Being the bohemian, liberal, laisser-faire, non-athletic, arts-loving poet of a football coach and cheerleader was sometimes like being a grain of salt in a peppermill.
I don’t often look before I leap, and typically take an emotional approach to situations rather than a logical one. Growing up, my dad dropped the words “preparation” and “game plan strategy” as frequently as sailors drop curse words, and there is no denying this mentality turned him into an extremely successful, award-winning college and professional coach.
I decide to put my athletic genes to work with this challenge — 60 days of yoga. I make a list of what I need to do to prepare and come up with a game plan strategy.
There are two levels of preparation: physical and mental. To prepare physically, I take a couple days off from yoga and stock up on fresh fruits and veggies for the week along with various sundries like pasta, vitamins, granola bars, Gatorade, Advil and vodka. (Advil for the aches and vodka for the pains.) To prepare mentally, I make sure all my towels and yoga clothes are washed and I put fresh sheets on the bed.
I know that sticking to a (fairly) regular schedule will be a key to my success, which means going to class in the morning and getting it over with before work, errands, life or excuses take over. I know myself. I can be pretty inventive with excuses. Plus, I like my couch and prime-time TV. The night before Day One I am pumped. I am excited. I am nervous as hell.
Day 1: The alarm goes off, and I hit snooze for 30 minutes. I start to mentally rearrange my day in my head. The Westlake location has a 7 p.m. class, I think. Or South has a 6 p.m. class. Or there’s a 5:30 class Downtown, then I could make a nice dinner. Wow, we’re off to a great start. Then Carrie Underwood’s song “Before He Cheats” comes on. I summon up all the lingering residue of my last toxic relationship and literally leap out of bed. I sprint to the 9 a.m. class. I float out of class and through the rest of the day. All rainbows and unicorns.
Day 4: I wake up in the middle of a yoga dream. I dreamt that I walked into the yoga studio only to realize I had left my report card in the car, causing a massive anxiety attack. Will the class still count?! I try to go to my car to retrieve the report card, but I cannot find my car. Then, I have to take a long, lightless elevator ride below ground to get to the studio. Sigh. In reality, it’s raining, everyone is driving extra slowly and I manage to hit every single red light. My road rage boils over as I almost go full matrix on someone that cuts me off. I arrive to class with five minutes to spare, which means I get stuck in the front row right by the teacher’s podium. Double sigh. My mood mirrors the dreary weather, but, as Bikram says, “the only bad class is the one you don’t go to.” So I just relax, do the yoga, and by the end of class am feeling like sunshine again.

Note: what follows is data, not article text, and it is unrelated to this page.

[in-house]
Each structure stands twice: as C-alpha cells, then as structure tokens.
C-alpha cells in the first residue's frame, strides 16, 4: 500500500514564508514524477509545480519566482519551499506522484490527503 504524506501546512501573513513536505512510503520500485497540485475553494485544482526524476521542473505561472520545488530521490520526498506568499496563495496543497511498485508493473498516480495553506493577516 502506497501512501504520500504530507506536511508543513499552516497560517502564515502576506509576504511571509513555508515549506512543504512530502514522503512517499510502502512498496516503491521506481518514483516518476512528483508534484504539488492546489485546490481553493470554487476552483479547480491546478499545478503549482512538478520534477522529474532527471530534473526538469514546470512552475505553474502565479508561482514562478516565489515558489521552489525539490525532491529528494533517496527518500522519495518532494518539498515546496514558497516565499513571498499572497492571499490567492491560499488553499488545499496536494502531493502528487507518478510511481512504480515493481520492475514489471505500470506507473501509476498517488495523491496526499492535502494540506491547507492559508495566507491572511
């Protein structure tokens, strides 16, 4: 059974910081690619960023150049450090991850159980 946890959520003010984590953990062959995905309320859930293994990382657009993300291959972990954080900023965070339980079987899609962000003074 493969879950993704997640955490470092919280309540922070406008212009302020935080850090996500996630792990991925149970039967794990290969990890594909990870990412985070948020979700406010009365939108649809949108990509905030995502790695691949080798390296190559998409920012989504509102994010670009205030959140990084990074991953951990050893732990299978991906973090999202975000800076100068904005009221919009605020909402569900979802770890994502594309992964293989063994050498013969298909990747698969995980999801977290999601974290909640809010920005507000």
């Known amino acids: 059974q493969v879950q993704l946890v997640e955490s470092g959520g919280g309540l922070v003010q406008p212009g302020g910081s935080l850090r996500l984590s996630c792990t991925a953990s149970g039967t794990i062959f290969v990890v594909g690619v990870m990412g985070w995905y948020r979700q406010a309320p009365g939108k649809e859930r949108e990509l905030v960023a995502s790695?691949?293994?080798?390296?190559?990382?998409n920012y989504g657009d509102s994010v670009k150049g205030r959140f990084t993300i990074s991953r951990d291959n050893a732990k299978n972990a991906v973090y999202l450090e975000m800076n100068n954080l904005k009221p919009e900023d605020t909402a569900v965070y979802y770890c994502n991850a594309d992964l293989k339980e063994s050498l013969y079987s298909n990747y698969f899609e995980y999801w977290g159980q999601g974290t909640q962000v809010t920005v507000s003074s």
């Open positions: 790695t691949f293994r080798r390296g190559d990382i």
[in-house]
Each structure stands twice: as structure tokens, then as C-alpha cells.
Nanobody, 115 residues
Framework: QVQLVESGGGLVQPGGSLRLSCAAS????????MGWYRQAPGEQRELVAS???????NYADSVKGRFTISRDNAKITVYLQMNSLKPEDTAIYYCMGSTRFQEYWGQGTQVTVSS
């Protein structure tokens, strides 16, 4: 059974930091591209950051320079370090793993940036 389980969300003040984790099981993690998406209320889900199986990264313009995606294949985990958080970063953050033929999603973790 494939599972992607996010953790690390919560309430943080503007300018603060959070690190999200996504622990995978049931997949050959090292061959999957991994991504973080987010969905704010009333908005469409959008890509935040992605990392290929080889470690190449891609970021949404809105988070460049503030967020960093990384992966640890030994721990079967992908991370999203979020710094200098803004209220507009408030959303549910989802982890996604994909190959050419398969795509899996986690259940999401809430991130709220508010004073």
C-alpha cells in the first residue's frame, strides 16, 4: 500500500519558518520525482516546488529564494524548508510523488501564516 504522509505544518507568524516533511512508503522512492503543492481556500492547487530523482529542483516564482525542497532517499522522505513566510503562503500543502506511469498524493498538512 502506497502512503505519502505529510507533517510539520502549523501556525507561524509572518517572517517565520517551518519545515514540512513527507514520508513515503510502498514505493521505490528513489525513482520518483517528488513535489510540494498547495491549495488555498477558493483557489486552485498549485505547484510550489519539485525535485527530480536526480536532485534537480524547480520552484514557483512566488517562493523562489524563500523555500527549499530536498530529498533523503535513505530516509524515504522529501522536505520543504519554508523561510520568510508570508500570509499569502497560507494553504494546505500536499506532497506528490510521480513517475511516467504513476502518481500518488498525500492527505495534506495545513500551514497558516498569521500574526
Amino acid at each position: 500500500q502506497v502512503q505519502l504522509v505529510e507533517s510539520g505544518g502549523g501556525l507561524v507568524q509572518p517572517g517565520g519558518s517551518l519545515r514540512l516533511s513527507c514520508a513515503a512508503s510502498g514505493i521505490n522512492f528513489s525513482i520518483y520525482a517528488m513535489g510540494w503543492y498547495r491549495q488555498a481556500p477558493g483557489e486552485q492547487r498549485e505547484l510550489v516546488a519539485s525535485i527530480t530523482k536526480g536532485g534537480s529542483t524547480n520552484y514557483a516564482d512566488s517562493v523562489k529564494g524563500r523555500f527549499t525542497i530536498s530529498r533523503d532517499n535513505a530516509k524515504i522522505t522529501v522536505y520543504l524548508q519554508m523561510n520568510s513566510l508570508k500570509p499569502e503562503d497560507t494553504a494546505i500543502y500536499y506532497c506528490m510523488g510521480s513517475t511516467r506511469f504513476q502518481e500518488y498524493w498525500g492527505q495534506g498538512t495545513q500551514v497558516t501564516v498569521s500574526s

Day 5: I’m up before the alarm. I eat my banana and granola bar as I get ready, all the while humming the theme from “Rocky.” Class is on the warm side (ok, it’s hot), and there is a woman in the row behind me who is struggling and sits out a couple of postures. At one point, she looks like she is about to burst in tears. The teacher notices and without drawing attention to the woman, reminds us to relax and just breathe. She explains that as we are working our bodies, we are also expelling stress which can trigger an emotional reaction. Is that why I always feel like a vengeful ninja after Triangle pose?
Day 7: 7:15 am. The alarm clock goes off. My mind and body get into a little spat.
Mind: Time to get up and go to class!!
Body: Don’t even think about it. You know insomnia visited last night. Turn off the alarm. Now.
Mind: Come on! What about English bulldog determination and Bengal tiger strength?
Body: Forget it. We’ll go to an evening class.
Mind: No, we can’t. We’re babysitting the nephew later this afternoon, remember?
Body: Crap. What’s the latest class we can go to today?
Mind: The noon class.
Body: Deal. Wake me up in two hours.
Mind: Okay, deal. Remember what Aristotle said, “Excellence is not an act, but a habit.”
Body: Aristotle didn’t just do Bikram yoga six days in a row.